But what does come with adminship comes in two stages: Ceremonial, and Administrative. Ceremonial simply means you get a certain amount of prestige for being an administrator... it's a minor perk, but it's a perk. (And admittedly, just as many people thumb their nose at you for being involved with "that biased load of tosh" as praise you for your work.) We can give out endless ceremonial credentials. As we give out more, existing ones lose some meaning, but there is no technical nor moral reason to be restrained in appointing administrators here. (After all, anyone who persues administratorship for the ability to put it in their signature is patently persuing it for the wrong reasons.)
The other half is the administrative stuff. The YPPedia has dozens (literally dozens) of users, administrator and plain old user, who can do the technical stuff. There's no lack of people who can create templates or tables or fix spelling/grammar or install categories or whatever else. What there is a lack of, though, is people who create content. You're right; there is a finite number of articles that we can reasonably have. We're nowhere near it. There are thousands of potential topics, just waiting to be explored and expanded, to say nothing of the hundreds of articles in sore need of work. We have enough people who can do technical stuff, we need people who can do original stuff. And that's why I actively seek original content instead of technical power.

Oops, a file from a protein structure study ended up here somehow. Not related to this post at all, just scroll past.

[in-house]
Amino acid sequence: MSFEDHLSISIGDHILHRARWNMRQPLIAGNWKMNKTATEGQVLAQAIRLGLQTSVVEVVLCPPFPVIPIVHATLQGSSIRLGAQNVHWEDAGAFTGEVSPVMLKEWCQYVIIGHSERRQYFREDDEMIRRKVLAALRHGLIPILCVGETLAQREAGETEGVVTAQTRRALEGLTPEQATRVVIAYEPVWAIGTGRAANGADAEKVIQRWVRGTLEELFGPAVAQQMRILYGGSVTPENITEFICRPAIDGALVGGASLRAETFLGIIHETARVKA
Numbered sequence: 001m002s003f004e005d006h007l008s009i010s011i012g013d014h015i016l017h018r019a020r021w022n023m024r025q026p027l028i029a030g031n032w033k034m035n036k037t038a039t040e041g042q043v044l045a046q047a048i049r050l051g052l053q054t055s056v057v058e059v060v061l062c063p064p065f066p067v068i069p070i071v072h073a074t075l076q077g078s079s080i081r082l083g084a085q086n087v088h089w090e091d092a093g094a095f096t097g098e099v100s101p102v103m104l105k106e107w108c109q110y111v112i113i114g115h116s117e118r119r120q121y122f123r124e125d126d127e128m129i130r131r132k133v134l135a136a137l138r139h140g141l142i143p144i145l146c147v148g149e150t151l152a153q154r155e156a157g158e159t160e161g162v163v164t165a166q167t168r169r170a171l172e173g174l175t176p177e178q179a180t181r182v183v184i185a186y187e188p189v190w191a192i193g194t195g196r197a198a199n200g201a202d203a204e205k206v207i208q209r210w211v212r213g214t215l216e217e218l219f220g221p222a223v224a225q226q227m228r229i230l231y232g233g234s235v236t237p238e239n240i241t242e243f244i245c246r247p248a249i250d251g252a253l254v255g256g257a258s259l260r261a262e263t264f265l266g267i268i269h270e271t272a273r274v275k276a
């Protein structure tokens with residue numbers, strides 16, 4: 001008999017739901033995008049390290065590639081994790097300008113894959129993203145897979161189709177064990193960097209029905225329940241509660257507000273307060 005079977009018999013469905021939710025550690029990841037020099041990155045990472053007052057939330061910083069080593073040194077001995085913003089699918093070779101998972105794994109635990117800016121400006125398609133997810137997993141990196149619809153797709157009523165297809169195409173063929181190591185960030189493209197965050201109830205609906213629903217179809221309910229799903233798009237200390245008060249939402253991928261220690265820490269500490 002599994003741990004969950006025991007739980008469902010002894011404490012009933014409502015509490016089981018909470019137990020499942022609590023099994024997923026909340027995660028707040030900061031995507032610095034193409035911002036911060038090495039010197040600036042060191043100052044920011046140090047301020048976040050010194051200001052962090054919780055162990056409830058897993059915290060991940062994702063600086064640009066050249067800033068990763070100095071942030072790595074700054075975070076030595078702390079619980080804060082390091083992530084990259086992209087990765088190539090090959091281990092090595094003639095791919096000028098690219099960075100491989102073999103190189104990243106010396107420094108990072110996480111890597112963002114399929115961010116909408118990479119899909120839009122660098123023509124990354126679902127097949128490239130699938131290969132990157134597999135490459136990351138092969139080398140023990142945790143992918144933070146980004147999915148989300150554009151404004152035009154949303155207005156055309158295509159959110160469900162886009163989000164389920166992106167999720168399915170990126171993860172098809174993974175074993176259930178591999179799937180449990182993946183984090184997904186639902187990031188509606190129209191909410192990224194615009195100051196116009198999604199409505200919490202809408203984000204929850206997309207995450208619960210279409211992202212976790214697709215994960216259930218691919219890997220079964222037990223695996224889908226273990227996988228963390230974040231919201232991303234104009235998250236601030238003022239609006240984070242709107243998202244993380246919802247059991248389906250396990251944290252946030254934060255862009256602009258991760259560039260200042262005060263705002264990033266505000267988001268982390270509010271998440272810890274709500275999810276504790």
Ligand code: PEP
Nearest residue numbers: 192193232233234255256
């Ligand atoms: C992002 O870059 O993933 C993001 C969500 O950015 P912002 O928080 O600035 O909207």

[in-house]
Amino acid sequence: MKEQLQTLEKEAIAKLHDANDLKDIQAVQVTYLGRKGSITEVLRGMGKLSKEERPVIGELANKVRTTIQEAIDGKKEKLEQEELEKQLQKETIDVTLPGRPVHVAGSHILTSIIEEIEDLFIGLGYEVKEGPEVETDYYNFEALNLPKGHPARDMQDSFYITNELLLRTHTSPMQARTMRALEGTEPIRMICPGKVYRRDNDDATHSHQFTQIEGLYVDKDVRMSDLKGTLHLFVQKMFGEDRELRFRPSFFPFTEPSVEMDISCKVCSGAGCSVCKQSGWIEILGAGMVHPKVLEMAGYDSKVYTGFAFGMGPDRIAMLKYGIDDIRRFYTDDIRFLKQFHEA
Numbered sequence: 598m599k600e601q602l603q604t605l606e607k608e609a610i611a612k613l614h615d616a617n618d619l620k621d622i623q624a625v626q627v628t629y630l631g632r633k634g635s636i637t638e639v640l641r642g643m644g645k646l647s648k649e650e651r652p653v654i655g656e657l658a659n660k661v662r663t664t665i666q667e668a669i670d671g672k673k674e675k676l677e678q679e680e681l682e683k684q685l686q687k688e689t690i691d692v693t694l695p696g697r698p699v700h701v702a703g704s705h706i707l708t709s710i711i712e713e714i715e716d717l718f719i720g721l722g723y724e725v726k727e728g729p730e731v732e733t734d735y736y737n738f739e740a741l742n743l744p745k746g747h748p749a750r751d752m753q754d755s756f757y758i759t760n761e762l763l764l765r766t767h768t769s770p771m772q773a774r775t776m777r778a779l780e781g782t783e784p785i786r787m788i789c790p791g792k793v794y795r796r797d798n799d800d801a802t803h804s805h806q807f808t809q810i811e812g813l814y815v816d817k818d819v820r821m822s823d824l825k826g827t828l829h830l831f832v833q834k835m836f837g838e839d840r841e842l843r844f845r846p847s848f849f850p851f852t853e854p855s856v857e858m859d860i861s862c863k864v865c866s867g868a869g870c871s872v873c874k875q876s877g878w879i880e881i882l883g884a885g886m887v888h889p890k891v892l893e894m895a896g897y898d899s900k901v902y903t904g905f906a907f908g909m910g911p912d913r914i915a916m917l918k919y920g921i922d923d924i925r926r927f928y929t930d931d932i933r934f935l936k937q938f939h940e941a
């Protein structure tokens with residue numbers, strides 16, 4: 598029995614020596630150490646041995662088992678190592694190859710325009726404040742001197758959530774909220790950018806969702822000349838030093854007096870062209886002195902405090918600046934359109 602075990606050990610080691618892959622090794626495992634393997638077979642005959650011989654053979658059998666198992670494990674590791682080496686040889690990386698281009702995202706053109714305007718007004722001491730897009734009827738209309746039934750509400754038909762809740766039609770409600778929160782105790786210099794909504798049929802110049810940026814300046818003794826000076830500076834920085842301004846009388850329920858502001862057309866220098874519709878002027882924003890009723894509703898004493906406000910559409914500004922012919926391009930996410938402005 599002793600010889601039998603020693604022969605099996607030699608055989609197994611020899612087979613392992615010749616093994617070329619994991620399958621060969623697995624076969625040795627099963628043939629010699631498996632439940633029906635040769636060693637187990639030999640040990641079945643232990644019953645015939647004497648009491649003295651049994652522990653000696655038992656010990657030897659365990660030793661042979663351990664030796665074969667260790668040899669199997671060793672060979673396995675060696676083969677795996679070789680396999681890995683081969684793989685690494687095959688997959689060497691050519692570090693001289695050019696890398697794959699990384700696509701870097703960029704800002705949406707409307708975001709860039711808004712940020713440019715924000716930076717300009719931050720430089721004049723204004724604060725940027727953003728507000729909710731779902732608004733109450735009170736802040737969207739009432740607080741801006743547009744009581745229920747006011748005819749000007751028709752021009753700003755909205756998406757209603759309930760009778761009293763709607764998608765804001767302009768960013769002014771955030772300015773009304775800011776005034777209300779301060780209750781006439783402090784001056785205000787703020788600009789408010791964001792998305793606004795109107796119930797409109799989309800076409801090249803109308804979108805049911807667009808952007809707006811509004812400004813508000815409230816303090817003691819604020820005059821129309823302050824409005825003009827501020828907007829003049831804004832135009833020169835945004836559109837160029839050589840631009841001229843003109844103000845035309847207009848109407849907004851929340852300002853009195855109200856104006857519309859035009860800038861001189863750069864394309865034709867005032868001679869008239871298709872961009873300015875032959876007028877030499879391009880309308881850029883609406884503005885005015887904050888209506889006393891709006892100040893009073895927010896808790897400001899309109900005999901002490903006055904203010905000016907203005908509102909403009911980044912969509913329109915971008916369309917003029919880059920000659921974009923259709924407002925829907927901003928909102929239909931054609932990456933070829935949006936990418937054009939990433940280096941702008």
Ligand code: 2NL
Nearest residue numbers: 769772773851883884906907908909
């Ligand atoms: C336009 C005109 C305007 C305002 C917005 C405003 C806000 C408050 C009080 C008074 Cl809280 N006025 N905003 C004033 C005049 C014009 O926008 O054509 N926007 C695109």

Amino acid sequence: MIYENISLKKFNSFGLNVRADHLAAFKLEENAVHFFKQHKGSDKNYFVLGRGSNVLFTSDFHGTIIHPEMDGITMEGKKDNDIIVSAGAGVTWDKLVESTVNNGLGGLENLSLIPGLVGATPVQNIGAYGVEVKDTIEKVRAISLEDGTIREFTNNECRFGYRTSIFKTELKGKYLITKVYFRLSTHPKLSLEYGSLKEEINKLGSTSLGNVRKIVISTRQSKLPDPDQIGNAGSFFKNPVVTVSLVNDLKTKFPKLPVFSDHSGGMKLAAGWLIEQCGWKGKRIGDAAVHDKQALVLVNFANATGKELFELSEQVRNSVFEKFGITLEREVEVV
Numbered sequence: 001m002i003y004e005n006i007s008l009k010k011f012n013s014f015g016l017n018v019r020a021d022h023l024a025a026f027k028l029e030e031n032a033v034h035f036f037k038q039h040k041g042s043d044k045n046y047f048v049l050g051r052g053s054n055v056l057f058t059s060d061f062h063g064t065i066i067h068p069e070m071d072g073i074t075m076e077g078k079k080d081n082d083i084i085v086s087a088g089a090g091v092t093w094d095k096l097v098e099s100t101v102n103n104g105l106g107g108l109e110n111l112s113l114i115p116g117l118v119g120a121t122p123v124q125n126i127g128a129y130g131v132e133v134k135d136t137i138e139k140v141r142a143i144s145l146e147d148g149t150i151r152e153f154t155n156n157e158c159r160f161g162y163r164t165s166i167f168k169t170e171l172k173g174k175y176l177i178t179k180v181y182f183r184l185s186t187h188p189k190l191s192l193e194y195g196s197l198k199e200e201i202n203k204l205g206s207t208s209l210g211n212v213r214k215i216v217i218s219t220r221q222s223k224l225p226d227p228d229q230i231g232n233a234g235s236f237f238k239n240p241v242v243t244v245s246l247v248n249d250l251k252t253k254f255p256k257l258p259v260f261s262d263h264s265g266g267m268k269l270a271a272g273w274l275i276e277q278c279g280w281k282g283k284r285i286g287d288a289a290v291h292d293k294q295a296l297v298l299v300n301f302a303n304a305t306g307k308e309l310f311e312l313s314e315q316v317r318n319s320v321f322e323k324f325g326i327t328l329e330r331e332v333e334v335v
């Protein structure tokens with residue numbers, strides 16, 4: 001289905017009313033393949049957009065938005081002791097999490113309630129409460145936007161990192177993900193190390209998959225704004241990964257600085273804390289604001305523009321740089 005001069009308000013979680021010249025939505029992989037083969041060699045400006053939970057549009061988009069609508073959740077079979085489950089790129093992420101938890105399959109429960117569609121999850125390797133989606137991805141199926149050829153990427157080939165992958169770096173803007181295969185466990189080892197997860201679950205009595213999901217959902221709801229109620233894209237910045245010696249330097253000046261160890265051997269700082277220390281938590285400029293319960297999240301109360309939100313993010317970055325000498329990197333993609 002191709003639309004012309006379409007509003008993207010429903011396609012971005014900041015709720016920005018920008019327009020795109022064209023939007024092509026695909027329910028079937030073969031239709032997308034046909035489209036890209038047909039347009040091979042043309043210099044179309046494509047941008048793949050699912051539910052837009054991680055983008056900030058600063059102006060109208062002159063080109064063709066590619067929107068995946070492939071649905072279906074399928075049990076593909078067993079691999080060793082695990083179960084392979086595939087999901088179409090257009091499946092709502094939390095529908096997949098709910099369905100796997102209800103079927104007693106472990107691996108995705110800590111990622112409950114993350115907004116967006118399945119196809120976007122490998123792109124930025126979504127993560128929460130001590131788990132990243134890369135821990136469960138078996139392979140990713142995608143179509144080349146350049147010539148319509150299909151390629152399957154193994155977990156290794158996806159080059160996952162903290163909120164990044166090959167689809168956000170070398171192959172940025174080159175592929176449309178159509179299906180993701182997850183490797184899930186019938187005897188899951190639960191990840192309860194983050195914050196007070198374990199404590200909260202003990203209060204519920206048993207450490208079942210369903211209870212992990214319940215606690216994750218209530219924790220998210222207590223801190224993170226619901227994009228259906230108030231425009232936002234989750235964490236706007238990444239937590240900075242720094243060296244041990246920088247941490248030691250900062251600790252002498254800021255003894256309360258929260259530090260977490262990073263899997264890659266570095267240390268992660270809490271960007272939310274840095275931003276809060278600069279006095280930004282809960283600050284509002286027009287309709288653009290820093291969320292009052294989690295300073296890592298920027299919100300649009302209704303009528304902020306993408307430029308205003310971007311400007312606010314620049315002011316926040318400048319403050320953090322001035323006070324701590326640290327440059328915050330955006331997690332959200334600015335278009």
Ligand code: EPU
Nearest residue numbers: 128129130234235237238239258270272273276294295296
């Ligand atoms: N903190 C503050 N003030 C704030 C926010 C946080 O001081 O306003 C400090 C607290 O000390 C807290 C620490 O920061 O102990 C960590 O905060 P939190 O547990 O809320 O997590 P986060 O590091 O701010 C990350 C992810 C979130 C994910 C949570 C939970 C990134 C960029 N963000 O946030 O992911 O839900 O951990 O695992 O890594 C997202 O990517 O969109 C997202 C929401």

I don't believe in appointing people for the sake of appointing people. All that does is slow things down, because we depend on consensus both amongst the administrators, and within the broader community. I think there is a drastic need to attract people who do content creation, and not very much need at all to attract technical editors. That is why my requirements are so skewed in favour of content creation, that is why I require it, and that is why I encourage it. --Ponytailguy 15:28, 29 May 2006 (PDT)